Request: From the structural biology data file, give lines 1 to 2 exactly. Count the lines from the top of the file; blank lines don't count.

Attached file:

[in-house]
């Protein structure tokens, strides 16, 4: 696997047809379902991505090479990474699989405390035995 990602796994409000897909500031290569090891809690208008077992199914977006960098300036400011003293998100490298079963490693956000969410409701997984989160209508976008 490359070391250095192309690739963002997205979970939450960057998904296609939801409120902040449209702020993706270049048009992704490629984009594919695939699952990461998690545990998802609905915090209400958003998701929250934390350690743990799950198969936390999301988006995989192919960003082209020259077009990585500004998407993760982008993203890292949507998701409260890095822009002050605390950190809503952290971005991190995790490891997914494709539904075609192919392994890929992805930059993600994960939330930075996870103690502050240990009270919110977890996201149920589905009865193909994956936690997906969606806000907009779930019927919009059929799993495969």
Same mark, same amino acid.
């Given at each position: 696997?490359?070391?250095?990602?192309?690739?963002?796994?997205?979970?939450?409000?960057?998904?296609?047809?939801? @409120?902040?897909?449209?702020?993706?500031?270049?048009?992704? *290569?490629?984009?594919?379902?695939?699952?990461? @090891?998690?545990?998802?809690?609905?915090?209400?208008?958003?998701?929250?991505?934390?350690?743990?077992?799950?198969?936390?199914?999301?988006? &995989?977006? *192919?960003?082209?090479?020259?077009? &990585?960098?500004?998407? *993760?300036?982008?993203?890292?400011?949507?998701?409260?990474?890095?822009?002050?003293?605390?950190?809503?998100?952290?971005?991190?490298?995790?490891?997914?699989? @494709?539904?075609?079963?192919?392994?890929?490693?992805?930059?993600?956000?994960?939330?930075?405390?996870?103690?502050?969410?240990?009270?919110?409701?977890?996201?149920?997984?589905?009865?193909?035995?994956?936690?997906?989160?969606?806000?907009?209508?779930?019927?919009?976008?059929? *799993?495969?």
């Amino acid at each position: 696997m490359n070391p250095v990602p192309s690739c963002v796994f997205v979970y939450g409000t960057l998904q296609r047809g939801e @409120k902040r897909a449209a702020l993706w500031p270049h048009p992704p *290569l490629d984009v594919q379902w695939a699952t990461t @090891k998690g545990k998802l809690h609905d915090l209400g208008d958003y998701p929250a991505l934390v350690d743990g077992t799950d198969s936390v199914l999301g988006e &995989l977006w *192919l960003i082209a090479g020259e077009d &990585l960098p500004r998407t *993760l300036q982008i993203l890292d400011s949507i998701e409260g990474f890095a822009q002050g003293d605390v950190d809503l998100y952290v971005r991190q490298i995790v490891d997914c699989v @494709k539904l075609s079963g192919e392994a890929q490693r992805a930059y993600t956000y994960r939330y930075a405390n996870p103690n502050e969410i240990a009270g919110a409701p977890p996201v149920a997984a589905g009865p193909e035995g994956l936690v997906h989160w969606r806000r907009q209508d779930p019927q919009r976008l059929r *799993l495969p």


[in-house]
């Protein structure tokens, strides 16, 4: 696997047809379902991505090479990474699989405390035995 990602796994409000897909500031290569090891809690208008077992199914977006960098300036400011003293998100490298079963490693956000969410409701997984989160209508976008 490359070391250095192309690739963002997205979970939450960057998904296609939801409120902040449209702020993706270049048009992704490629984009594919695939699952990461998690545990998802609905915090209400958003998701929250934390350690743990799950198969936390999301988006995989192919960003082209020259077009990585500004998407993760982008993203890292949507998701409260890095822009002050605390950190809503952290971005991190995790490891997914494709539904075609192919392994890929992805930059993600994960939330930075996870103690502050240990009270919110977890996201149920589905009865193909994956936690997906969606806000907009779930019927919009059929799993495969």